By Jef With One F
By Pete Vonder Haar
By Abby Koenig
By Olivia Flores Alvarez
By Jef With One F
By Christina Uticone
By Angelica Leicht
By Altamese Osborne
There is an almost mystical loveliness to Craig Wright's The Pavilion, now playing under Rob Bundy's direction at Stages Repertory Theatre. Kirk Markley's graceful set of curving glass walls and wide wooden porches casts the first spell. Then narrator Philip Lehl spreads wide his arms and asks for stars. Suddenly, they are twinkling across the dark heavens of the theater, casting an amber glow over the heads of Peter (Brian Byrnes) and Kari (Anne Quackenbush), the two middle-aged sad sacks at the center of the story.
Certainly Peter and Kari could use some starry-eyed romance in their dreary lives. Once voted the "cutest couple" at Pine City High School, the two are now living lonely, embittered lives. They haven't seen each other since one fateful teenage day when Peter decided to take his chances on a future without his high school flame. Now, at their 20th high school reunion, the two will finally meet again to struggle their way through what the narrator so poetically calls the "complex geometry" of memory, time and the frailty of the human heart.
There is actually a lot of poetry in Wright's magical script. "This is the way the universe begins," says the narrator. "A world made of stars dancing." Sentimental as this might sound, it works, largely because of Lehl's stunning performance as the everyman, strolling through the story, speaking directly to both audience and characters about the issues that come up along the way. He tells the entire history of the cosmos in a few short paragraphs, ending with a wonderfully strange observation: "At the center of everything in the universe there's you." Lehl handles this stuff with a wry twist of intelligence and cool youthful grace. As a result, it comes off as lyrical and wise instead of cornball.
Lehl also plays a myriad of other hysterically funny supporting characters, the kooks of Peter and Kari's graduating class. We first meet a guy named Pudge who works at a suicide hot line. Weird thing is, it's a 900 number, and they charge the desperate callers by the minute. As Pudge points out, "When it works, it's a real bargain." There's also a stoner mayor, a woman who's having an affair, her desolate husband and a philosophical minister who believes that "women only have so many eggs and men only have so many feelings." They're all standing at the precipice of middle age, ripe with disappointment. And Lehl conjures them with distilled and subtle snatches of movement: a shift in the shoulders, a twist of the hips, a lift of the brow. Lehl makes each of his abbreviated characters funny, thought-provoking and moving.
Less rewarding are the characters of Kari and Peter, whose tale of teenage love gone south has been told many times before. We don't find out the depths of Kari's rage until halfway into the story, when she venomously reminds Peter of the sordid events that led to their breakup. Suffice it to say, he behaved very badly. She's filled the years since with an abiding resentment that has poisoned her entire outlook. "It's life," she spits out, "bearable is the best we can hope for." She's spent the last two decades working in the town bank and married to Hans, her golf-pro husband, who thinks about "really difficult holes" on the golf course when he's making love to her. Quackenbush has created an ice queen out of Kari. She will not forgive Peter, no matter how much he begs. But her anger is so static, so implacable, so unmediated by time and age, that it's difficult to care for her, even when she reveals the nasty history behind her impenetrable rage. And when she finally does forgive Peter, it's hard to understand why, given her weird and constant need to live out the bad hand fate seems to have dealt her.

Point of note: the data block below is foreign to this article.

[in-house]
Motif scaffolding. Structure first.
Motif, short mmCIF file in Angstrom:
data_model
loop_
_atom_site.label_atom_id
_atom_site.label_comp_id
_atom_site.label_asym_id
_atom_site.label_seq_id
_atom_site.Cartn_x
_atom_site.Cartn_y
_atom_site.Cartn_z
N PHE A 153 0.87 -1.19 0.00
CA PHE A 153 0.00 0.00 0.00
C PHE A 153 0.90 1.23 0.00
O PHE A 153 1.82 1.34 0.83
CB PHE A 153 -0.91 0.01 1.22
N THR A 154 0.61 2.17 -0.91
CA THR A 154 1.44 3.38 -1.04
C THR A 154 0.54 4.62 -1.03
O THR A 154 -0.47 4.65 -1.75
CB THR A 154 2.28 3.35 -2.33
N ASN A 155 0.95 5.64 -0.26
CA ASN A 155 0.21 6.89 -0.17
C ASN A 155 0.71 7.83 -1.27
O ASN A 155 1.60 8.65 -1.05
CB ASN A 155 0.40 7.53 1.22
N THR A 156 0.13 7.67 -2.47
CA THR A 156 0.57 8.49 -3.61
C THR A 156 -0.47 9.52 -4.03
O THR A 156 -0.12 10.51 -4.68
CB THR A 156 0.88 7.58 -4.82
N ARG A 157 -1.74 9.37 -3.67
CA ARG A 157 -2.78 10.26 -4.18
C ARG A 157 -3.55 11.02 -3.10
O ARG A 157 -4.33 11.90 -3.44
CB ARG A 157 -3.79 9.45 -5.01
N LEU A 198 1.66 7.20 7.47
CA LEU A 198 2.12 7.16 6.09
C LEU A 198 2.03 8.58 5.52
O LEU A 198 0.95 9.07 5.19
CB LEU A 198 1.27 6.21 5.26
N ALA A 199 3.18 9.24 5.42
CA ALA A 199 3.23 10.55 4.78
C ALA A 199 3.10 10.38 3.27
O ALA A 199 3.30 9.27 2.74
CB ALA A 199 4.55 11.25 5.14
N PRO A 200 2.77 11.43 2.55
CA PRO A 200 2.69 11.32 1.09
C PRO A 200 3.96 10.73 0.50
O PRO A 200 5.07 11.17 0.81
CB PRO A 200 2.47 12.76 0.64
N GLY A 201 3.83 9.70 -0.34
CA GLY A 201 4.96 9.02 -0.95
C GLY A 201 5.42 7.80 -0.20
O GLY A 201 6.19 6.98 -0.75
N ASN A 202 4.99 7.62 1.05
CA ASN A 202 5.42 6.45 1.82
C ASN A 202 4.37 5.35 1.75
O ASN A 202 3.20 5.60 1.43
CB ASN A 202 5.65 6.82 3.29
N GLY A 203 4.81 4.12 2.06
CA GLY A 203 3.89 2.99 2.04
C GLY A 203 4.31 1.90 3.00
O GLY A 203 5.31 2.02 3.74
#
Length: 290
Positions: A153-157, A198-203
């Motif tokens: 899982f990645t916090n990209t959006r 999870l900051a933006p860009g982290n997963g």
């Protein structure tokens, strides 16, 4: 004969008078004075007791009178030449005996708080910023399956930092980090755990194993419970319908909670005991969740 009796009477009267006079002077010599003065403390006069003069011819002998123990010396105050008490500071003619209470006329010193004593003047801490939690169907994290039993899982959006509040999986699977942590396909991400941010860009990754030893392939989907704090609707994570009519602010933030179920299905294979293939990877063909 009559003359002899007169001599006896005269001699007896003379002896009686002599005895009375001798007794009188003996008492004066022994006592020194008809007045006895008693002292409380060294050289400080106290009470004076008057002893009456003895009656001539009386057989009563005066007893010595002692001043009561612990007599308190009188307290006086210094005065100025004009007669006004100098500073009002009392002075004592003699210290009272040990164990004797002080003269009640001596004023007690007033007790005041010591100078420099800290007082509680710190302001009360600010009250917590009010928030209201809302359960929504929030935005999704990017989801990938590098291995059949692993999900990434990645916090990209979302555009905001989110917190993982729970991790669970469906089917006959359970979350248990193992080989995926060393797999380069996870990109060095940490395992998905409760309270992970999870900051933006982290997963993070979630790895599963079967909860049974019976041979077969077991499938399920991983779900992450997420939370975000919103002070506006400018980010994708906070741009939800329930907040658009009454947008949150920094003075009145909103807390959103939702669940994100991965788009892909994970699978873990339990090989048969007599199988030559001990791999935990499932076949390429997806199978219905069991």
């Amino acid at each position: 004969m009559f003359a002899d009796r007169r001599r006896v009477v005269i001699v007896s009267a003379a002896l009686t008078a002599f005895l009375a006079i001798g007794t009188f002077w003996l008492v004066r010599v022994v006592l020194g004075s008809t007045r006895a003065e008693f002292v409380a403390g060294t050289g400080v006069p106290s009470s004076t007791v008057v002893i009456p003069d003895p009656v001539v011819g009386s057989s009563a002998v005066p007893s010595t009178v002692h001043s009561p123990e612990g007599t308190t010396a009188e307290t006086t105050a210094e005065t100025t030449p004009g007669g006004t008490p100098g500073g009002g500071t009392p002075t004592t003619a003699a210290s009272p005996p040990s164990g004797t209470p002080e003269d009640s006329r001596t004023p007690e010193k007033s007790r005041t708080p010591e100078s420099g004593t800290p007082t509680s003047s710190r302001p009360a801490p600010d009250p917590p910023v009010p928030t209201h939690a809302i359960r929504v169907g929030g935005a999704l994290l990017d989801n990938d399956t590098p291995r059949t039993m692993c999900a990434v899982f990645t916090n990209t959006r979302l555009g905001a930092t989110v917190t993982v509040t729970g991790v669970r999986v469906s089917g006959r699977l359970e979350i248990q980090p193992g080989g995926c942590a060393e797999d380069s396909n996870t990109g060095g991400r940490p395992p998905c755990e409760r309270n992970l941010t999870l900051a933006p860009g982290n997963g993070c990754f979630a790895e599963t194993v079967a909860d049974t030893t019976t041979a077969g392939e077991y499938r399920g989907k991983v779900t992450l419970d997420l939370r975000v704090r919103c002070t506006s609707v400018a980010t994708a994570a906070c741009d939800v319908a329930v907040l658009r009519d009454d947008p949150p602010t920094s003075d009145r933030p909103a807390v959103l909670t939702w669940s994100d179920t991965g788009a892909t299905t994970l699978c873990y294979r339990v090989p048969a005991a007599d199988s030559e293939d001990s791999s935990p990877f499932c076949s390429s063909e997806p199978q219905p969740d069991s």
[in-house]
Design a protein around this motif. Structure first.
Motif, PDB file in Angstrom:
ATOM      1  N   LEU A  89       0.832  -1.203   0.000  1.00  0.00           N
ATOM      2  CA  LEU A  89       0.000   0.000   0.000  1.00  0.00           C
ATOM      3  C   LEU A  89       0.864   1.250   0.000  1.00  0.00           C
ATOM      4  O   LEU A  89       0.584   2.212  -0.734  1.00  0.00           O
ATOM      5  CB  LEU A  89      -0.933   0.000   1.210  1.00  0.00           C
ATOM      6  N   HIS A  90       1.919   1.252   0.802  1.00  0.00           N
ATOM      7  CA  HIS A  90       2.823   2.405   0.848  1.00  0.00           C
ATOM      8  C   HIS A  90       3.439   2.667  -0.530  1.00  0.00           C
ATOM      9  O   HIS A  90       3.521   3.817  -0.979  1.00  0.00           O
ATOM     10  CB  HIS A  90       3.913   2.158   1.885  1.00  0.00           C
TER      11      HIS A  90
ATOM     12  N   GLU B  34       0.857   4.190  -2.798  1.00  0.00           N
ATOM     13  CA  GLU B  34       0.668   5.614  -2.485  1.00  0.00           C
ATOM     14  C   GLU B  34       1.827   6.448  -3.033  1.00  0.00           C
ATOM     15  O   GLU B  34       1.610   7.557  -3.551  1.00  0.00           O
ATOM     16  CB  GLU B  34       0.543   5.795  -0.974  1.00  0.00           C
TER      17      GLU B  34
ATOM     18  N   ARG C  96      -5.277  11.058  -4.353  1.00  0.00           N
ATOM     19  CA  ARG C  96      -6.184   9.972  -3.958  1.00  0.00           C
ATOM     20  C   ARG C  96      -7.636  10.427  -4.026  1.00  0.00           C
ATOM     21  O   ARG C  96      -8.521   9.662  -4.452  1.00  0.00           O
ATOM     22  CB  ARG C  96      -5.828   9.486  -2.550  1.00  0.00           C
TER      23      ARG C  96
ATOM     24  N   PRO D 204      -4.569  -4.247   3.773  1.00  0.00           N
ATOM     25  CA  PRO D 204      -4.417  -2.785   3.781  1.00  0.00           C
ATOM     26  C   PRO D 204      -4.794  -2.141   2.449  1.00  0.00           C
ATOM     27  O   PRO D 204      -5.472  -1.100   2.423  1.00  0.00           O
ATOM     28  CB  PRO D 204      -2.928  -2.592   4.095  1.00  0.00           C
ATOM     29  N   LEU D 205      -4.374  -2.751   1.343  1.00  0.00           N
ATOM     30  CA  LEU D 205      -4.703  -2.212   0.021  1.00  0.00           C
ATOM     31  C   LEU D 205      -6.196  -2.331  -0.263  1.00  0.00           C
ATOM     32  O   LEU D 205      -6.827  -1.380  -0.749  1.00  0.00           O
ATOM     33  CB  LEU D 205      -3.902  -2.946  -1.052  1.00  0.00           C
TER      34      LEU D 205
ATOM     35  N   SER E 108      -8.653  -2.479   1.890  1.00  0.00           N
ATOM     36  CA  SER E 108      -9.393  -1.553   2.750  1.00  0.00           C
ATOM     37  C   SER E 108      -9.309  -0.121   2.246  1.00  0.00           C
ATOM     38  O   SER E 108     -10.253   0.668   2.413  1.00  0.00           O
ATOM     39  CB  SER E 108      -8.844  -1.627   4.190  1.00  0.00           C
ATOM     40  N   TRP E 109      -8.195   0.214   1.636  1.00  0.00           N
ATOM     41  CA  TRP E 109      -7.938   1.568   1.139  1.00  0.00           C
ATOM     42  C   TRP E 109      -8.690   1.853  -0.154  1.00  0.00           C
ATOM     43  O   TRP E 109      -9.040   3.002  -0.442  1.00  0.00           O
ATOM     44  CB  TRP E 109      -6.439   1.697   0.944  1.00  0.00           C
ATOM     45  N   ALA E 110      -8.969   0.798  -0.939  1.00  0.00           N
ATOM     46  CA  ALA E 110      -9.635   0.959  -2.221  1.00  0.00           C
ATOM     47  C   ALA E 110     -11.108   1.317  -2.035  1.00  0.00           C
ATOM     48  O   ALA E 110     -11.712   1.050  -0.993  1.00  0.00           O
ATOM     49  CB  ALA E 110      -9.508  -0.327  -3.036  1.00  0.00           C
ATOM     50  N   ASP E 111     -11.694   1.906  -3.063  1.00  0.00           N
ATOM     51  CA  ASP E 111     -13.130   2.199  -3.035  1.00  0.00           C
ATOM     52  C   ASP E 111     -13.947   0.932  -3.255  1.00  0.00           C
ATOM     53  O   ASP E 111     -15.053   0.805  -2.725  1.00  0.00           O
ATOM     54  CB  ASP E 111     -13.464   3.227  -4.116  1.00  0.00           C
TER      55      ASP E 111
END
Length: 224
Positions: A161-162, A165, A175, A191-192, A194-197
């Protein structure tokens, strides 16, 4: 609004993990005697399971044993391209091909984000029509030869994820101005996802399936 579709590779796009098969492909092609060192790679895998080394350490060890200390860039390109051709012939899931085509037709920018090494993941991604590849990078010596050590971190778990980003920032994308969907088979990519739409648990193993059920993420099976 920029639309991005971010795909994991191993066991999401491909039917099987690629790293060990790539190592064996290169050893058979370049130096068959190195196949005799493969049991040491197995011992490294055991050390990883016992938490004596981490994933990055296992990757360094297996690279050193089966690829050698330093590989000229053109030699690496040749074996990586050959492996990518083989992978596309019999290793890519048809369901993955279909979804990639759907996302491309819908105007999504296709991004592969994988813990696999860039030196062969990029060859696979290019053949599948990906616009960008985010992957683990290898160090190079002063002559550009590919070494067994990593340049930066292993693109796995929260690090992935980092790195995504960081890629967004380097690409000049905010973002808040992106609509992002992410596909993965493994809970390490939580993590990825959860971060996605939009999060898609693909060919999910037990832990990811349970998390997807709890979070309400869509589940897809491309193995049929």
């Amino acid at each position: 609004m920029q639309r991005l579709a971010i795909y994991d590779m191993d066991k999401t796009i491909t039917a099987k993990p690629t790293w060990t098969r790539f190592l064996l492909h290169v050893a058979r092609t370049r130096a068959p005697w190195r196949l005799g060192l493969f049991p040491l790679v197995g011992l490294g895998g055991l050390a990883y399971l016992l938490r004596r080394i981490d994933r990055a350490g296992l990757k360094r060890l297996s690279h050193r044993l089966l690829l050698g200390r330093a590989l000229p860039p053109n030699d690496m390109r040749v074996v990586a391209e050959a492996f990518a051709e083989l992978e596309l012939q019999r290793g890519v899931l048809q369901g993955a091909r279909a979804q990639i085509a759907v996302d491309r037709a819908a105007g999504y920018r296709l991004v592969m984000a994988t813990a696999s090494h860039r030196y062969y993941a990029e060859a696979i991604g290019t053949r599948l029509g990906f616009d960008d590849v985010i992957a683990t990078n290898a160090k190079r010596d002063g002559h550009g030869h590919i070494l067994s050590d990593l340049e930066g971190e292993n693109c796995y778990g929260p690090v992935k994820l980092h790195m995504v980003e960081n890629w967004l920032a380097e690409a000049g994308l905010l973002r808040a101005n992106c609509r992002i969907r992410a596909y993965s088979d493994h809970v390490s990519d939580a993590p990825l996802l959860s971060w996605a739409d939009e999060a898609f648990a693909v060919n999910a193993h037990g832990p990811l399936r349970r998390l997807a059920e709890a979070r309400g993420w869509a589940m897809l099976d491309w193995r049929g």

Byrnes's Peter is certainly regretful, but he's also "cosmically stupid." He shows up with his dark good looks, a fistful of flowers and a long list of apologies, hoping to somehow win Kari back. So what if he's got a good job and a 23-year-old girlfriend who paints still lifes; he's just not fulfilled, and he traces his emptiness back to the summer day long ago when he decided to leave Kari behind. Now he's come home to Pine City, looking for forgiveness and maybe even a way back to the fiery past when he was one half of "the cutest senior couple" in high school. But as the narrator tells us, "Time only goes in one direction."
And as Thomas Wolfe told us some 60 years ago, you really can't go home again. Indeed, Wright's nostalgic message is an old one. But it's worth saying once again. And the last scene, in which Lehl enacts all the lonely voices saying so long to the past in an effort to go on with the rest of their lives, is worth the entire evening. "Of course my heart's been broken," says one, "but all in all I'm happy because life's been good." That's the sort of aching wisdom that it takes half a lifetime to get to.